The scientific detective represents a malevolent spirit that infiltrates the social world. Holmes, for example, operates in a split and silent social environment in which communication is unnecessary for understanding others, serving the sole purpose of gathering information—just as the gentlemen communicate with the waiters in "The Queer Feet" exclusively via orders. Their small social world is framed by an external gaze, neither the waiters nor the gentlemen knowing or caring about the other, their relationship purely instrumental.

Chesterton's stories of detectives, waiters, and gentlemen are social allegories. Understanding is not an abstract and theoretical value that should interest detectives and other interpreters who wish to improve their professional capacities. Lack of communication divides the social world—or at the very least indicates the existence of such a split. The unnamed narrator in "The Queer Feet" is aware of the lack of communication between the various social groups the story describes. The narrator explains to the readers why he must tell the story: the chances are "immeasurably unlikely" that they will "ever rise high enough in the social world to find 'The Twelve True Fishermen'" or "sink low enough among slums and criminals to find Father Brown." They will thus "never hear the story" unless they hear it from him (CFBS, p. 49).

The chances of an average reader being able to converse with the members of the elite Fishermen's club are as slim as those that they will meet Father Brown. Their social status thus appears to lie between the unfortunates who encounter Father Brown and those with access to the club. Falling between two different social groups, the readers are unable to communicate with either. This detachment is also symbolized by Flambeau's crime, which exploits social gaps and lack of communication—the knowledge that as long as the people in the room believe him to be their superior/inferior, they will not speak to him.


"The Absence of Mr. Glass" and "The Queer Feet" demonstrate how facts can mislead an external observer. The story "The Hammer of God" evinces Father Brown's capacity for perceiving individual perspectives, thereby enabling him to engage in the kind of "life detection" by which Basil swears. Wilfred Bohun, a parish priest, has an argument with his brother Norman, a hedonist who believes in nothing, after Norman has [End Page 59] tried to seduce the blacksmith's wife. They meet when Norman returns home, just as the pious Wilfred wakes up to pray. Inhabiting two different worlds, the siblings meet on the borderline between them, Norman "drinking what the philosophic observer was free to regard either as his last glass on Tuesday or his first on Wednesday."9 The short conversation in which they engage is not helpful to either brother. After their exchange, Wilfred goes to pray at the top of the church tower. From there, he drops a small hammer on his brother's head, killing him on the spot.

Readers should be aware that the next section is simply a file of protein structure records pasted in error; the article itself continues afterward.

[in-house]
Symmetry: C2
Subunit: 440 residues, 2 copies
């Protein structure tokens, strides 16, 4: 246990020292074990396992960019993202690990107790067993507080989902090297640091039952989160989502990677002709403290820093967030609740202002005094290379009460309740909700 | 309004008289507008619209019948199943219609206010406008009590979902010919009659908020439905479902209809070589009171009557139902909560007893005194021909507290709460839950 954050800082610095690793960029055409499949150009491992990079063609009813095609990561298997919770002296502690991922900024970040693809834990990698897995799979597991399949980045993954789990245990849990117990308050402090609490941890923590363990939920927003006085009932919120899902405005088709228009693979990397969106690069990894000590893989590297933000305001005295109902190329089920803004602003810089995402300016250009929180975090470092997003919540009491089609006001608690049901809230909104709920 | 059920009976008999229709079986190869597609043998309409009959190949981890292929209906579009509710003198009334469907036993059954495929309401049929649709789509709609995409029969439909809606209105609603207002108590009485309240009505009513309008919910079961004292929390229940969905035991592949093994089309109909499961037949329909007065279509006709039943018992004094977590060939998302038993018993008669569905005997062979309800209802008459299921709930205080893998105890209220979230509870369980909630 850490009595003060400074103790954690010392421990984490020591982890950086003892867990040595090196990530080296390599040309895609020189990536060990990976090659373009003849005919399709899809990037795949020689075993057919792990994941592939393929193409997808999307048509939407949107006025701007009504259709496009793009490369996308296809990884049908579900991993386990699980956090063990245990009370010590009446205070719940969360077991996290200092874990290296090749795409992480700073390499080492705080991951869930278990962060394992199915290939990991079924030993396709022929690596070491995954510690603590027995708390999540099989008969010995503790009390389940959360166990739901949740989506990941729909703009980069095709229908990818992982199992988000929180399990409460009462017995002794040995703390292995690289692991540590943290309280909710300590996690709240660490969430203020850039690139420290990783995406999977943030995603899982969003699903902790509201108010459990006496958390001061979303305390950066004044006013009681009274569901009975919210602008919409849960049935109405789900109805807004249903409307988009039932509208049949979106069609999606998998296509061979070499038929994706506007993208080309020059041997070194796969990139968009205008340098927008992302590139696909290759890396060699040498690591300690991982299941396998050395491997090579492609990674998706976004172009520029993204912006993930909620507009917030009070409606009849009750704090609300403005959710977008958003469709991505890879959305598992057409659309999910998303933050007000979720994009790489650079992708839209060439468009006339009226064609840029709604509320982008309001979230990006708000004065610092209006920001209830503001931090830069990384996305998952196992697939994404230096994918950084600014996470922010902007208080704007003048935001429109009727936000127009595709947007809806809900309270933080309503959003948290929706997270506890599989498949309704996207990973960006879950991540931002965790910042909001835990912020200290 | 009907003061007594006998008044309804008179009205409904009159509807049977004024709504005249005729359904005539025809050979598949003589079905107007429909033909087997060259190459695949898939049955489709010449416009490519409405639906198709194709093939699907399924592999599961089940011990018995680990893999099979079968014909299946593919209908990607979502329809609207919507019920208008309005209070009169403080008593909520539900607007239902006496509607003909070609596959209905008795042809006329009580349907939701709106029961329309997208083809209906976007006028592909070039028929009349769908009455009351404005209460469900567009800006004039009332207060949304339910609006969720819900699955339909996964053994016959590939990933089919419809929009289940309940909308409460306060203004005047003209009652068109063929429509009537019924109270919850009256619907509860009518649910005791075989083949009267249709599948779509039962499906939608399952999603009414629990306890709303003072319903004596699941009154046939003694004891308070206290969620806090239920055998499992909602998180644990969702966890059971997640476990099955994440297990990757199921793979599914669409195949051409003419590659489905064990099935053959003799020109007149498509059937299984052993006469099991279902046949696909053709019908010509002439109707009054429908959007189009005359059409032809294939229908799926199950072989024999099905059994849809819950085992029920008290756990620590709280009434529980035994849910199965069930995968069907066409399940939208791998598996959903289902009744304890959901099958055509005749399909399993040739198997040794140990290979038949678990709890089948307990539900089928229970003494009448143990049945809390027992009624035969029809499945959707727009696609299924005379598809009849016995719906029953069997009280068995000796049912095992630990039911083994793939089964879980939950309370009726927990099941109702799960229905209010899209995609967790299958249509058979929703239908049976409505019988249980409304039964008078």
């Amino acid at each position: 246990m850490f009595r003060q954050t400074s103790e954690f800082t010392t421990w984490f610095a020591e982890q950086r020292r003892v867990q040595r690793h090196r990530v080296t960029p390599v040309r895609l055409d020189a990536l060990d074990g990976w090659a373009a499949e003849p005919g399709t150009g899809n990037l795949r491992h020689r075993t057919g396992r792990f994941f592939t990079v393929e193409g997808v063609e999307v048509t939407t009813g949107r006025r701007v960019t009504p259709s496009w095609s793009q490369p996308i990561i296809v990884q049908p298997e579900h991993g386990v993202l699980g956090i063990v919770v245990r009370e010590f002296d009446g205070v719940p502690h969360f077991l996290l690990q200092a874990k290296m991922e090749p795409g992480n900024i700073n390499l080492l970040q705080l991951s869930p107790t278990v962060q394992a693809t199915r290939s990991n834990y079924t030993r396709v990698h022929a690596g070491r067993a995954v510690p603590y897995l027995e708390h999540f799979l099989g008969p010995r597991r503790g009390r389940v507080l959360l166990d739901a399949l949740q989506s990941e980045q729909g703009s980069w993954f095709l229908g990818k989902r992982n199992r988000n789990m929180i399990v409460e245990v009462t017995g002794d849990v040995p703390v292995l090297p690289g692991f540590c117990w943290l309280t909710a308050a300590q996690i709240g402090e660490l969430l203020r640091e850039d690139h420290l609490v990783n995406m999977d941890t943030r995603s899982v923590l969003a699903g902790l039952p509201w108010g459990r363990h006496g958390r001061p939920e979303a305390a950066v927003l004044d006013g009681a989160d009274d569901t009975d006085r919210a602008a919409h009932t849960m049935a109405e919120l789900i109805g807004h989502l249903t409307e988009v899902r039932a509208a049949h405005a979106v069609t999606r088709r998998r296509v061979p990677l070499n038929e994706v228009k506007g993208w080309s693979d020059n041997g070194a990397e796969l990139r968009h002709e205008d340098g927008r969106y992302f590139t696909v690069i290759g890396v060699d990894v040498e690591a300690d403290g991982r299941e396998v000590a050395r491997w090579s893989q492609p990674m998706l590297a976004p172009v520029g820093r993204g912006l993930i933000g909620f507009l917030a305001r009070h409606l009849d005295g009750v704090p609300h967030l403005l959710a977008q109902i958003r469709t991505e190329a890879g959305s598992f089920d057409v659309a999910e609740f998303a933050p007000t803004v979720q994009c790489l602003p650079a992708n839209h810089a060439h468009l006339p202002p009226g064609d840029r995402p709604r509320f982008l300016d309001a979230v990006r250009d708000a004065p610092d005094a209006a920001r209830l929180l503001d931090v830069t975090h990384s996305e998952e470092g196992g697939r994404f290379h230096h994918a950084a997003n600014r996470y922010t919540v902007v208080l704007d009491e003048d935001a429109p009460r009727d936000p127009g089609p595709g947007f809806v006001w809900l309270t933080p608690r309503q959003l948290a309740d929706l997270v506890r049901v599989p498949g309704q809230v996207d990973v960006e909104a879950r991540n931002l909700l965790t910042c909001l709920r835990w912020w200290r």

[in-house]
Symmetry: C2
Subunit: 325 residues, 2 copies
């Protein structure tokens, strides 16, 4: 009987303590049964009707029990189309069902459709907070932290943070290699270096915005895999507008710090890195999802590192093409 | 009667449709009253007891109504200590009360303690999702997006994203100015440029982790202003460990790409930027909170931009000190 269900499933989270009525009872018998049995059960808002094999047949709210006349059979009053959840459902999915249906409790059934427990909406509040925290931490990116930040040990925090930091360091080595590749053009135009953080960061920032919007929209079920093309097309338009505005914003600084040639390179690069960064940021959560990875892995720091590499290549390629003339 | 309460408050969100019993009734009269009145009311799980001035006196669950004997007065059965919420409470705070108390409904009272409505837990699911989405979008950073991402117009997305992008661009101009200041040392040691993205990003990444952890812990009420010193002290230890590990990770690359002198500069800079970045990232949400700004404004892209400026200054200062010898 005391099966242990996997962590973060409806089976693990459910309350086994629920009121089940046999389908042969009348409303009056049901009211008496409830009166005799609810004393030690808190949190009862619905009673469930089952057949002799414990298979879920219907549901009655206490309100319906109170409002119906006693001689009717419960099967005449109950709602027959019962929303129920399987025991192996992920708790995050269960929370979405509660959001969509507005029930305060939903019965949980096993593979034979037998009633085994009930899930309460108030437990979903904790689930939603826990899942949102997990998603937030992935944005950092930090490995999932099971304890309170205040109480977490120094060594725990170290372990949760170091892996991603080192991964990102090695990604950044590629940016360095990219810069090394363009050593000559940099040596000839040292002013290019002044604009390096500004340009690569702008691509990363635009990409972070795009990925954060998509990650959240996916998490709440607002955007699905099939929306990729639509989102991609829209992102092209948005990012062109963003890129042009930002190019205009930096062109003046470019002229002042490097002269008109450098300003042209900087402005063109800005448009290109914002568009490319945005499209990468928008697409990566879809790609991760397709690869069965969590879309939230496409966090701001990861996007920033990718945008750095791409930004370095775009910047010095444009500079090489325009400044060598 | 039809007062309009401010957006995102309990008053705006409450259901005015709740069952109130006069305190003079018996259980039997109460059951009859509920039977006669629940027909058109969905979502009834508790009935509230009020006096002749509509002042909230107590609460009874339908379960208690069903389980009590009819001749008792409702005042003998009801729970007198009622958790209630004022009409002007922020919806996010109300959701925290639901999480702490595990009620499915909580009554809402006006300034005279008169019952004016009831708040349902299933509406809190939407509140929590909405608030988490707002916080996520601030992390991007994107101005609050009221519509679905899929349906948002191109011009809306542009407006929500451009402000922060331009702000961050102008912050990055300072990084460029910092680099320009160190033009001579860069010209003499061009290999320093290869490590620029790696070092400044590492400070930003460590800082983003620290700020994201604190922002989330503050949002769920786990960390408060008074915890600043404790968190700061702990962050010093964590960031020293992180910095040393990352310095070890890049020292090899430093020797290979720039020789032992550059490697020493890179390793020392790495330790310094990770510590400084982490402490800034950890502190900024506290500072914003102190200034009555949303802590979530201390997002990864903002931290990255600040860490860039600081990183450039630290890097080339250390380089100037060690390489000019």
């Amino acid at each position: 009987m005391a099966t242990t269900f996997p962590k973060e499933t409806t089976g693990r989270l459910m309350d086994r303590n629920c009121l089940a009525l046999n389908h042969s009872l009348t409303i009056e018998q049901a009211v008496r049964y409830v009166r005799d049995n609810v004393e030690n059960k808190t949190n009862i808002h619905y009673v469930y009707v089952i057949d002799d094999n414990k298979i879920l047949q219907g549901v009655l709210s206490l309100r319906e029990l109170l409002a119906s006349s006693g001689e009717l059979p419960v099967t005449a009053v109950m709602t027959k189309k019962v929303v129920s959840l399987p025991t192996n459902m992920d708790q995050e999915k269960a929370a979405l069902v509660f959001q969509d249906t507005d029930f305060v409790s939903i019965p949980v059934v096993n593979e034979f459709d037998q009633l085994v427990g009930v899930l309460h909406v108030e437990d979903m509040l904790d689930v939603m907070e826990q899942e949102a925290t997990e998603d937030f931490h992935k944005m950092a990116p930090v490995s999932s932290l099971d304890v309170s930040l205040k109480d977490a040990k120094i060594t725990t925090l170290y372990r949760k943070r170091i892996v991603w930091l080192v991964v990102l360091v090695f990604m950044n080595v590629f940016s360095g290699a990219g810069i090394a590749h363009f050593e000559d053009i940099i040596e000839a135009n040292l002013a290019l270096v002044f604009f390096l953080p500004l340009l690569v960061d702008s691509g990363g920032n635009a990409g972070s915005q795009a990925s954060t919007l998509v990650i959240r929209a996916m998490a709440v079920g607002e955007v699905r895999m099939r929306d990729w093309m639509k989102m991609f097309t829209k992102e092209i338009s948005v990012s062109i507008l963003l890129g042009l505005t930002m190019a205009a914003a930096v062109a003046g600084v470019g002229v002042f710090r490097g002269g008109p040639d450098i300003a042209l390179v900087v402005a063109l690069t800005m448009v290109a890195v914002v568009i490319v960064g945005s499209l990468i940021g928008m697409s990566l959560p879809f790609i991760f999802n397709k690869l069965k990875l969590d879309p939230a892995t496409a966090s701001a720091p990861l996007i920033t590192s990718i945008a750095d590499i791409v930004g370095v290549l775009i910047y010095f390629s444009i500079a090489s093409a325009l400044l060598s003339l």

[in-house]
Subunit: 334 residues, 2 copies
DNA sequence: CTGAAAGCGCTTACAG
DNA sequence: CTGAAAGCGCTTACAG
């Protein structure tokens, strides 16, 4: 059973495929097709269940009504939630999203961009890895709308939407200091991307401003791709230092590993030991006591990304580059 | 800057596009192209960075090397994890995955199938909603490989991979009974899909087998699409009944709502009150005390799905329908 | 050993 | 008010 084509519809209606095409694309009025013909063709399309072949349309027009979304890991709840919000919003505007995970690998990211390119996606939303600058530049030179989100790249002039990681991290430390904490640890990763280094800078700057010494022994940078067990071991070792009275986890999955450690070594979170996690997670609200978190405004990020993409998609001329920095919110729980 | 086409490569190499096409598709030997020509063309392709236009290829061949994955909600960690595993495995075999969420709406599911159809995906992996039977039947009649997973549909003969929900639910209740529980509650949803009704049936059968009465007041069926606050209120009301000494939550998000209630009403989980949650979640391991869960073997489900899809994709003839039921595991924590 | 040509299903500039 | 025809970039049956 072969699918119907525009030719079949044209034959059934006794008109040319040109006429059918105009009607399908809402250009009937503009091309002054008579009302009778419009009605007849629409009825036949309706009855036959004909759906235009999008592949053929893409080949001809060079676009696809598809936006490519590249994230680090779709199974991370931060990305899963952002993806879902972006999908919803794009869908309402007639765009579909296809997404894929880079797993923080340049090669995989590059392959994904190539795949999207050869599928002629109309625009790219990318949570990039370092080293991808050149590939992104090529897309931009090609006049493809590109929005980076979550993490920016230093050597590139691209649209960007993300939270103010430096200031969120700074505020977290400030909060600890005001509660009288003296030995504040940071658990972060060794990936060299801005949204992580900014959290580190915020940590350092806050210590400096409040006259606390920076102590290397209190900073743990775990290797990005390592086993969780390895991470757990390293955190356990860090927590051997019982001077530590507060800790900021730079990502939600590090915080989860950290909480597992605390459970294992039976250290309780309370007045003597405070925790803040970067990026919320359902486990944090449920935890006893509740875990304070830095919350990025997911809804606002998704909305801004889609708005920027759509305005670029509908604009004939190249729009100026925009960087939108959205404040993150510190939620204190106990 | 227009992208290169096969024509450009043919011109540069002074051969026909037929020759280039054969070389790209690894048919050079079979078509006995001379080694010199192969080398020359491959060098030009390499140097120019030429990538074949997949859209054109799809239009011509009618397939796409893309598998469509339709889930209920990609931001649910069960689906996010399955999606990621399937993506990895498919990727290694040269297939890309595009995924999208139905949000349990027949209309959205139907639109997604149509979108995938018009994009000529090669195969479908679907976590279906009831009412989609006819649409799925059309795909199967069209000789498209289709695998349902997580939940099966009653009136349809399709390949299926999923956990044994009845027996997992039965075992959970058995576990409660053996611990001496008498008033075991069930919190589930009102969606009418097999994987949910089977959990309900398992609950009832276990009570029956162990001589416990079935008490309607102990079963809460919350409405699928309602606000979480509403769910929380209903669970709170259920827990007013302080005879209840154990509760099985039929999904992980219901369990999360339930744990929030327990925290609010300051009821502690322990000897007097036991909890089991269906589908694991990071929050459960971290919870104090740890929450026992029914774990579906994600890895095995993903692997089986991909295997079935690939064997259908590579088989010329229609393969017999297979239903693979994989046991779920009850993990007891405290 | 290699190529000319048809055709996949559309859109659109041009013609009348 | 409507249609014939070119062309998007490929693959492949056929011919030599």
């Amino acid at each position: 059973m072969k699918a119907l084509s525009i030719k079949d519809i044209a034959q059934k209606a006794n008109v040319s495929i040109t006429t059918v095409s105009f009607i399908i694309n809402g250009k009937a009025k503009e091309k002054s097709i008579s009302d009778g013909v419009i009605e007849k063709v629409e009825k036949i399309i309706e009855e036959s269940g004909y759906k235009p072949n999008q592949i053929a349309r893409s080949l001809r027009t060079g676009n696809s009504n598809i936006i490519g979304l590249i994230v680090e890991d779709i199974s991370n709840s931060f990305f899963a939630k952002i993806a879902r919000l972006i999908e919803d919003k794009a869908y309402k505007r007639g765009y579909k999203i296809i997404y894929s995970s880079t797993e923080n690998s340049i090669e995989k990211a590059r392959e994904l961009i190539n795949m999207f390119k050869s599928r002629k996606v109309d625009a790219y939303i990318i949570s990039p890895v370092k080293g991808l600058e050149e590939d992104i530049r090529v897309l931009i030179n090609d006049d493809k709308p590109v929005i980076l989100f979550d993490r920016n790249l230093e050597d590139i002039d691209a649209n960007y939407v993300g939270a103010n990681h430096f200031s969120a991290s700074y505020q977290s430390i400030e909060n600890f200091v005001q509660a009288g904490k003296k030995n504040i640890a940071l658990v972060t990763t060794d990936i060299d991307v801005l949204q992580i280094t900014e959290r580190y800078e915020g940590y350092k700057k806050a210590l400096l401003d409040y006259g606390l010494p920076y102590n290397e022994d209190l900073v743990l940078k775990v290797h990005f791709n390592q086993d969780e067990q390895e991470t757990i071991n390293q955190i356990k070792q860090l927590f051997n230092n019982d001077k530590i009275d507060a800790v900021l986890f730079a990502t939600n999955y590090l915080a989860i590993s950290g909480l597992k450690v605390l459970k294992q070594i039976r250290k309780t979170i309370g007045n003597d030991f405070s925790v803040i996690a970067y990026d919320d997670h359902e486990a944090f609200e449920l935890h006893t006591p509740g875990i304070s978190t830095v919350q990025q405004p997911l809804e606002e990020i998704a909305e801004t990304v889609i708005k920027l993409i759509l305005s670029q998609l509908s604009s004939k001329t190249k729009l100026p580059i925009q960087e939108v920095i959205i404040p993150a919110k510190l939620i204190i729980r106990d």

Wilfred is unable—and unwilling—to communicate either with his brother or his community. Moments before he enters the church, he sees his brother throwing coins toward the village idiot's open mouth, presumably in an act of charity. This "ugly sunlit picture of the stupidity and cruelty of the earth sent the ascetic finally to his prayers for purification and new thoughts." Turning his back on the world, he goes off to pray "under a coloured window which he loved and always quieted his spirit" ("HG," p. 135). Alone at the top of the tower, Wilfred seeks the beautiful window in order to avoid the ugly world. When he looks outside, he sees his brother, who appears to him like a poisonous insect. At that moment, he drops the hammer over his brother's head. The murder is the final stage of Wilfred's detachment from the world. The priest, who prefers not to pray with his community, turns his back upon stupidity and cruelty—and becomes a killer in his own right.

While Father Brown is also a priest with an aversion to many figures in the modern world, he refuses to shut himself up in church. Climbing the tower, he seeks to converse with Wilfred, understand him, and bring him back down. As part of this endeavor, Father Brown tells Wilfred that he once knew a man